“Trademark Bullying” is a Poor Defense

Drawing of a small man fighting a huge fist

Sometimes a company feels that another trademark owner is pressuring it excessively to drop the company’s application to register its trademark or to change to a different trademark.  This may provoke the defense that the company is the victim of “trademark bullying,” and that the trademark owner should not get the relief it seeks because of its unclean hands.  Will this defense work?

Greenerside Holdings LLC (Applicant) filed an intent-to-use application to register a logo featuring the word mark DOOR DABZ for use in connection with “delivery of medical cannabis solely derived from hemp with a delta-9 tetrahydrocannabinol THC concentration of not more than 0.3 percent on a dry weight basis, using car service.”

Circular Mark with Door word

Door Dash, Inc. (Opposer) challenged the application claiming that the DOOR DABZ mark was likely to be confused with several DOORDASH marks used and registered in relation to Opposer’s delivery services for food and other goods.

Applicant pleaded various affirmative defenses, all of which were struck by the Trademark Trial and Appeal Board (TTAB) with leave to replead the "non-futile defenses."  Thereafter, Applicant repleaded its “trademark bullying” defense, and Opposer again asked that this defense be stricken.

The TTAB noted that the Trademark Act does not refer to “trademark bullying” explicitly or even implicitly. Rather, “trademark bullying” has been defined by a commentator as conduct by a trademark owner that (1) asserts an “unreasonably inflated view” of the exclusive scope of its mark; (2) is overly aggressive in making demands that are not proportional to the object to conduce; (3) is a sizeable company with substantial assets compared to (4) the smaller business owner accused of using a confusingly similar mark.

Applicant specifically alleged that (1) Opposer had been engaged in “trademark bullying”; (2) Opposer was among the top filers of TTAB proceedings; (3) Opposer previously opposed a “significant number of applications” on “dubious, weak or exaggerated” grounds; (4) Applicant is a small business; and (5) Opposer had unclean hands due to its “longstanding and habitual practice of trademark bullying” and “misuse of trademark.”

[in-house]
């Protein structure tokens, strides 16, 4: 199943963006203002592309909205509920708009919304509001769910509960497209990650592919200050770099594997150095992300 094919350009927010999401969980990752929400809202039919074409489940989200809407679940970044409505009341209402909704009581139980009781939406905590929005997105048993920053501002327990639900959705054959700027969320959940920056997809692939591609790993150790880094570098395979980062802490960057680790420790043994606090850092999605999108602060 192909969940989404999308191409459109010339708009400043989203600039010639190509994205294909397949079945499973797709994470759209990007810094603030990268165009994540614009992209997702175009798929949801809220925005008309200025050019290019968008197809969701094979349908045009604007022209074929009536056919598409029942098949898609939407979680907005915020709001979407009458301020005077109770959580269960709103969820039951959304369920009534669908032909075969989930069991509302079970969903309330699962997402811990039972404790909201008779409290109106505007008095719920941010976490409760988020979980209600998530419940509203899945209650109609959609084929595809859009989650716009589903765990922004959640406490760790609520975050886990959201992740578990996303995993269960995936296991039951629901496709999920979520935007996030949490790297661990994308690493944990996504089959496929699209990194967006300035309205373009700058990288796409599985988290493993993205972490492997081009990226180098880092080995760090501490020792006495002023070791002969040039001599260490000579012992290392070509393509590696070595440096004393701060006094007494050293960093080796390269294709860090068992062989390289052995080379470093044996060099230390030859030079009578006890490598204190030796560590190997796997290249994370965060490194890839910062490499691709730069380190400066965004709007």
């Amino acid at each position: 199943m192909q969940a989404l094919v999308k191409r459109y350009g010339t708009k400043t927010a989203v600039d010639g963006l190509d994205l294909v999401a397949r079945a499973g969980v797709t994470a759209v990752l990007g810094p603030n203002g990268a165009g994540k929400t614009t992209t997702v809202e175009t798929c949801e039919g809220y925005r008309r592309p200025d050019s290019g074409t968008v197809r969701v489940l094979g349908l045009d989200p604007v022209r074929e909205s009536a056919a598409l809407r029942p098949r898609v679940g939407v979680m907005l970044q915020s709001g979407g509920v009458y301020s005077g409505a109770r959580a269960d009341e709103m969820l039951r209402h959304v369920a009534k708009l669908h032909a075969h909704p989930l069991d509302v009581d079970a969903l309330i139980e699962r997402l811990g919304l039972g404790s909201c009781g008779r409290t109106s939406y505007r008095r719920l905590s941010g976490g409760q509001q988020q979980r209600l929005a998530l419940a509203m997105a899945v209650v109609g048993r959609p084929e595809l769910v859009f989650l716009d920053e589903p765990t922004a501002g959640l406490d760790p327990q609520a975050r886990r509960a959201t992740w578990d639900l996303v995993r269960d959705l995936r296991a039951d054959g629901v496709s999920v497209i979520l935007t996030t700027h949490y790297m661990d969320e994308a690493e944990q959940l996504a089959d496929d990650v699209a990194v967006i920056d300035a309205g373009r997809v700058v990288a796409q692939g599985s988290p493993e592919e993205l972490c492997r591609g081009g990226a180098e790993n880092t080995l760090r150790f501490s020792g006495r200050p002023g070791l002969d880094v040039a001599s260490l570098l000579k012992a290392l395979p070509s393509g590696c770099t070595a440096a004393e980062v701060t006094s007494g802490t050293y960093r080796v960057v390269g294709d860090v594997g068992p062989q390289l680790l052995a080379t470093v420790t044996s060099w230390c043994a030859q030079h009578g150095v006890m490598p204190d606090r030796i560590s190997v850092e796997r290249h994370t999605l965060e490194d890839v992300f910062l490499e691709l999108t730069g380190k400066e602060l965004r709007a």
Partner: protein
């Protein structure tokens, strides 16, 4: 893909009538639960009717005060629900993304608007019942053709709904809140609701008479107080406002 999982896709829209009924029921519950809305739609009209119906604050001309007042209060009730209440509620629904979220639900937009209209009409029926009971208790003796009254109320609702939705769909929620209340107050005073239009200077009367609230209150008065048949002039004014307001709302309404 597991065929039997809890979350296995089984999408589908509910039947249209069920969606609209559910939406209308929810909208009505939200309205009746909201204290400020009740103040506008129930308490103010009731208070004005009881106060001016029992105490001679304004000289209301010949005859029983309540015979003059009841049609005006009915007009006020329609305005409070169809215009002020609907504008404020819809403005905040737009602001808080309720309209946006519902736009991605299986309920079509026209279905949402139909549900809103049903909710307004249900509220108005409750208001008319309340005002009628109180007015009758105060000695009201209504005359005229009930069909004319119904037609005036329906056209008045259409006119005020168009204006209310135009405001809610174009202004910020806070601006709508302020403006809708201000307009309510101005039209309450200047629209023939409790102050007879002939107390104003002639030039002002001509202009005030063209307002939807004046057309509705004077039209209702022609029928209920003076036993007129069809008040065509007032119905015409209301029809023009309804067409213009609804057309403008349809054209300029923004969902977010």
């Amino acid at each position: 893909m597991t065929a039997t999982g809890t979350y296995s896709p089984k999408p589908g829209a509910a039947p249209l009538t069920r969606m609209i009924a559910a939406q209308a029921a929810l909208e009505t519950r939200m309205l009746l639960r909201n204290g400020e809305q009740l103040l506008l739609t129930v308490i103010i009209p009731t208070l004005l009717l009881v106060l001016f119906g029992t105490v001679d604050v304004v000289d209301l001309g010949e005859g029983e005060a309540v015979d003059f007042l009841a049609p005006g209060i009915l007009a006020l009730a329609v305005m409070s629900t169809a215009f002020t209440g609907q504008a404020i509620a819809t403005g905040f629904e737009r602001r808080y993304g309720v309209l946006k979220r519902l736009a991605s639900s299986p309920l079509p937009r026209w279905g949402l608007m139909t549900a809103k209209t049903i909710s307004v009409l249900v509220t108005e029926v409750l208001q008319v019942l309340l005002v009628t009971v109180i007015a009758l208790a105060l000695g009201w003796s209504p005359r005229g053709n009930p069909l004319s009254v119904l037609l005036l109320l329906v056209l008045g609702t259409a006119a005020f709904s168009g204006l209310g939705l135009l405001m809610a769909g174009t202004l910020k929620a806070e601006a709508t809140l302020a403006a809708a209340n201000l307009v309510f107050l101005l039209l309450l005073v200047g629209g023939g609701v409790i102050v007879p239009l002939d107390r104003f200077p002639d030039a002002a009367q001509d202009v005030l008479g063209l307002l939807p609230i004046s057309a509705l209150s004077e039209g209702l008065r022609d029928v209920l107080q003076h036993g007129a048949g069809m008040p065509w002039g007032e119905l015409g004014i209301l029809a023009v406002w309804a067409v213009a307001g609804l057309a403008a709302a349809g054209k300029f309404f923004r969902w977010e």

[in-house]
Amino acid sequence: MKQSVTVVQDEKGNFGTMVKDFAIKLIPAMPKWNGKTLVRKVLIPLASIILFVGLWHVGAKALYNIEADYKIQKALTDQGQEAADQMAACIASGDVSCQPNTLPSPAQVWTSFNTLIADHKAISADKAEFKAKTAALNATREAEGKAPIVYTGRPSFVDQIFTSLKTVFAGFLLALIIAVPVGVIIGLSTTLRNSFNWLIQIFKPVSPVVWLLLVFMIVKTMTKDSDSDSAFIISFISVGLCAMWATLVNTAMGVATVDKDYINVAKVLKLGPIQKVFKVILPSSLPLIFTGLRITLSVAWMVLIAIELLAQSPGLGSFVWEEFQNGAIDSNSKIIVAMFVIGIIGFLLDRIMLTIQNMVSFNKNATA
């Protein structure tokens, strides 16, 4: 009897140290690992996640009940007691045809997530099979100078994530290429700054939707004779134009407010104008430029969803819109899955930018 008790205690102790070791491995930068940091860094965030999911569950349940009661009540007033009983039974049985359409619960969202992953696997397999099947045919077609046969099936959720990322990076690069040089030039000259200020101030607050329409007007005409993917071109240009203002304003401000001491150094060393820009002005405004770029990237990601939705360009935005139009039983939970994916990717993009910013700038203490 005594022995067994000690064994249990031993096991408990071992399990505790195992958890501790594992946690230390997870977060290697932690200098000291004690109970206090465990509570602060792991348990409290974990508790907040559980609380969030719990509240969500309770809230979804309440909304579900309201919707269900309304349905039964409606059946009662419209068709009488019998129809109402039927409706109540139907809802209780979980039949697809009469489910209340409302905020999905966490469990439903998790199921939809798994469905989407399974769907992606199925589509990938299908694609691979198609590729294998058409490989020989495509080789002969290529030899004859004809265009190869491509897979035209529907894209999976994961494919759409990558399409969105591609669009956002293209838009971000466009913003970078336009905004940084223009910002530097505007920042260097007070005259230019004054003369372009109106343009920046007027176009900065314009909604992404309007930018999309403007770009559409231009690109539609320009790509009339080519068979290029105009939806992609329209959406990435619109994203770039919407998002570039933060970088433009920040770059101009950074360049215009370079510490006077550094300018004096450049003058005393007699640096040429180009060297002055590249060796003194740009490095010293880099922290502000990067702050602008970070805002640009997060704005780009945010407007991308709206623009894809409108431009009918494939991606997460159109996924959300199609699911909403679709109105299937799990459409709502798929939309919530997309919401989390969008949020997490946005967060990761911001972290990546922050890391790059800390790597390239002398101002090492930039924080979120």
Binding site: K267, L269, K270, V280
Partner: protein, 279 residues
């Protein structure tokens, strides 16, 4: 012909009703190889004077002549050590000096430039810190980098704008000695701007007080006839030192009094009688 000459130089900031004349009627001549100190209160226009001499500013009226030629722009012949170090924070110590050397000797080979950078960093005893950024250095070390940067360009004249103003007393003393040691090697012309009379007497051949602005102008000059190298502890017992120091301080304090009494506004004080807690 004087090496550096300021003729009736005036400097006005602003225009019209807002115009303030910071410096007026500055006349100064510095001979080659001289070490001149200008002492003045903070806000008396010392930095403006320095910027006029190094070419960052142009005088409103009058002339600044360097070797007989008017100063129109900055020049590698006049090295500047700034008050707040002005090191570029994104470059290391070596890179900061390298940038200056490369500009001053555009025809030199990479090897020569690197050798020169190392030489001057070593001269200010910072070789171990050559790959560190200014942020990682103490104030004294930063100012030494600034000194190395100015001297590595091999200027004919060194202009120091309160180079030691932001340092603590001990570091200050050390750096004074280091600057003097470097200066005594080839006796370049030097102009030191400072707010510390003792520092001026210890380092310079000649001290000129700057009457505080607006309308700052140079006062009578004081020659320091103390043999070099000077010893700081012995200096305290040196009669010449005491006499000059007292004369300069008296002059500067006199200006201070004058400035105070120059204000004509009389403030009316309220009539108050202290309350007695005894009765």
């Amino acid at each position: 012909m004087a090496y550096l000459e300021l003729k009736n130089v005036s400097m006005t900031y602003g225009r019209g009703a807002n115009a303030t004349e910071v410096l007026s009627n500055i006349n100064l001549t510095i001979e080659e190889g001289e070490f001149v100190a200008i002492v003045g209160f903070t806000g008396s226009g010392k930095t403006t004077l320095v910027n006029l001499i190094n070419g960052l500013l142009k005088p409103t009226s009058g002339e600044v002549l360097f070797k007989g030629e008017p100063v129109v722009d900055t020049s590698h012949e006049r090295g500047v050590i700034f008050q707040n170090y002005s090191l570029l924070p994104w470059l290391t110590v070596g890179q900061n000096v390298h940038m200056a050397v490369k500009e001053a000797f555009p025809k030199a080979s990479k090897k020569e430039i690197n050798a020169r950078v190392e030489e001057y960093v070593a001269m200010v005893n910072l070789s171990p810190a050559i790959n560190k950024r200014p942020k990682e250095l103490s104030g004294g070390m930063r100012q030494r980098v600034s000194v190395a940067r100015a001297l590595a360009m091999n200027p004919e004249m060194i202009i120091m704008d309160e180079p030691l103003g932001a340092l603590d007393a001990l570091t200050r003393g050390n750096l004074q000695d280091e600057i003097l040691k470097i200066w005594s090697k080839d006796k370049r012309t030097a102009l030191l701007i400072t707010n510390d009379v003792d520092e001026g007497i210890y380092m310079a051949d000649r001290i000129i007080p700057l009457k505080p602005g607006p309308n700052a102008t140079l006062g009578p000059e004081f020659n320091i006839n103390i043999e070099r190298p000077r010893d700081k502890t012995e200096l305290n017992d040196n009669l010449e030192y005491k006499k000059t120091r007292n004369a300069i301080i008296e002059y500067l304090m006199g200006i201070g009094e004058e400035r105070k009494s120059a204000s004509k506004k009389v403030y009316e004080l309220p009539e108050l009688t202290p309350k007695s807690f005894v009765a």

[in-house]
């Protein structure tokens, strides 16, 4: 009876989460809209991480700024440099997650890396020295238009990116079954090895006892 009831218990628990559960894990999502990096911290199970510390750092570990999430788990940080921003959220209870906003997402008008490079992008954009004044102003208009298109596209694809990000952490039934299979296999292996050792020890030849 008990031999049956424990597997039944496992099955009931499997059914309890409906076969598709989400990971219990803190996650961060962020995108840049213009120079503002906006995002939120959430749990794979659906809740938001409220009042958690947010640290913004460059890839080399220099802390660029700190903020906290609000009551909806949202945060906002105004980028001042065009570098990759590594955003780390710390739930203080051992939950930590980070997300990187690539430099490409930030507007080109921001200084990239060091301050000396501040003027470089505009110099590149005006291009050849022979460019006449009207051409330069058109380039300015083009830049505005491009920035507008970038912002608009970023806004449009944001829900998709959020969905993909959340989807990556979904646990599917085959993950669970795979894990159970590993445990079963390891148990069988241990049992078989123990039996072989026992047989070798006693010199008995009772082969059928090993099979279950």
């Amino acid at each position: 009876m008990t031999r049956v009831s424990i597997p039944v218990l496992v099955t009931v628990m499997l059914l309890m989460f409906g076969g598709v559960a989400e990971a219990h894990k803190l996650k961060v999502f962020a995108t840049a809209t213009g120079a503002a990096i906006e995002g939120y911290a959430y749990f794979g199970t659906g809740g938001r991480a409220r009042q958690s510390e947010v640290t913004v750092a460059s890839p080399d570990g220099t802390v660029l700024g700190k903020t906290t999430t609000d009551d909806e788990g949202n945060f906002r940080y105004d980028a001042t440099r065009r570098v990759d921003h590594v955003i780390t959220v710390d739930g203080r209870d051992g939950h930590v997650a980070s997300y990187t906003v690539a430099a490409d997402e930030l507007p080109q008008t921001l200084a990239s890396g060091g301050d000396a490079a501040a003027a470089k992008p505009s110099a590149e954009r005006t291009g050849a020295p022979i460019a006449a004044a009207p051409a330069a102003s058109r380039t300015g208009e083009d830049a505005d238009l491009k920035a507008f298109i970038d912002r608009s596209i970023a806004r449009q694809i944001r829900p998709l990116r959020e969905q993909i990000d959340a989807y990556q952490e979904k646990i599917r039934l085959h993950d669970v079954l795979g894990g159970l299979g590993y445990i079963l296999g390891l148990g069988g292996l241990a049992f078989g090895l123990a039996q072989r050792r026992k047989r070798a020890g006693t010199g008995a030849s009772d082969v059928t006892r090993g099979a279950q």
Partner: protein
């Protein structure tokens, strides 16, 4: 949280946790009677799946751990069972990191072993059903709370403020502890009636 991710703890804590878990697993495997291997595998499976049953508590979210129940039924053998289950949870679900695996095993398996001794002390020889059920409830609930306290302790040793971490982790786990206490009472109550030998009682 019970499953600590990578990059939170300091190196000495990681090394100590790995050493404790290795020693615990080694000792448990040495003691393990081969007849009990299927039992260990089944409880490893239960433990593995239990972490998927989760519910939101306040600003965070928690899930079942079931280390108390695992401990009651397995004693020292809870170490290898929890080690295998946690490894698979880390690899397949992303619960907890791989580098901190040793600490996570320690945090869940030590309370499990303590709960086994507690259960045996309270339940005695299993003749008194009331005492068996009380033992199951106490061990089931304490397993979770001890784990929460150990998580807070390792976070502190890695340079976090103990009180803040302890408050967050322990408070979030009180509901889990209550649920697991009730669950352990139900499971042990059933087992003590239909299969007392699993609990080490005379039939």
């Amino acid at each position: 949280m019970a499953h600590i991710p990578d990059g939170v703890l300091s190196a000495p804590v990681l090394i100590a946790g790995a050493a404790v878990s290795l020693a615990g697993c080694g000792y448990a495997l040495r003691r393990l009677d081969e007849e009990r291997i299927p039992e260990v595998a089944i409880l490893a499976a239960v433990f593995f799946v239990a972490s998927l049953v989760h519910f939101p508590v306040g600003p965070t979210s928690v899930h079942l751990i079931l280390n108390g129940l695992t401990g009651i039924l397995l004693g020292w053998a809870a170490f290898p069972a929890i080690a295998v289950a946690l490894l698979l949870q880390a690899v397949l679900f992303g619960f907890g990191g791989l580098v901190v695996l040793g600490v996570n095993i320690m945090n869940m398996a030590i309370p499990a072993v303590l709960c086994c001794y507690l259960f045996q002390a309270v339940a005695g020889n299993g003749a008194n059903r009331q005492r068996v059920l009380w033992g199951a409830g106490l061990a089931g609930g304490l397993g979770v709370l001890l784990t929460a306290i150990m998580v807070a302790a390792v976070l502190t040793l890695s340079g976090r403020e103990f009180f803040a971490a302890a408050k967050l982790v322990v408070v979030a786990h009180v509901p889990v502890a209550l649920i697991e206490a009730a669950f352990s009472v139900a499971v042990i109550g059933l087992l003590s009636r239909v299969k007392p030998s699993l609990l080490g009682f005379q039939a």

The TTAB in previous cases had considered unclean hands affirmative defenses based on allegations of “overzealous enforcement” and the misuse of trademark registrations in violation of the antitrust laws.  But it had rejected these defenses on the ground that the registrant was merely exercising its right to protect its mark from what it believed to be a confusingly similar mark.

In this case, the TTAB rejected this defense once again. It pointed out that, as with any pleading, factual matter must be alleged sufficiently to give rise to the particular defense.  “There must be more than threadbare recitals supported by conclusory statements.”

Accordingly, the TTAB threw out this affirmative defense in this case, and it designated this decision as precedential.  The TTAB also precluded Applicant from repleading this defense a third time.

DoorDash, Inc. v. Greenerside Holdings, LLC, Opposition No. 91285160 (May 23, 2024).

Author’s Note:

This case demonstrates that there is a high hurdle for anyone seeking to assert “trademark bullying” as a defense in a trademark opposition or infringement proceeding. 

Normally, it is permissible for a trademark owner to enforce its rights, and even to test the limits of those rights. 

If an aggrieved defendant chooses to plead “trademark bullying” in defense of a claim, it must allege specific facts of impropriety involving the plaintiff’s trademark.  Even then, this defense generally will not succeed unless the alleged trademark owner either does not own the asserted trademark or uses its trademark in a way that violates the antitrust laws.

For further information, please contact William M. Borchard or your CLL attorney.

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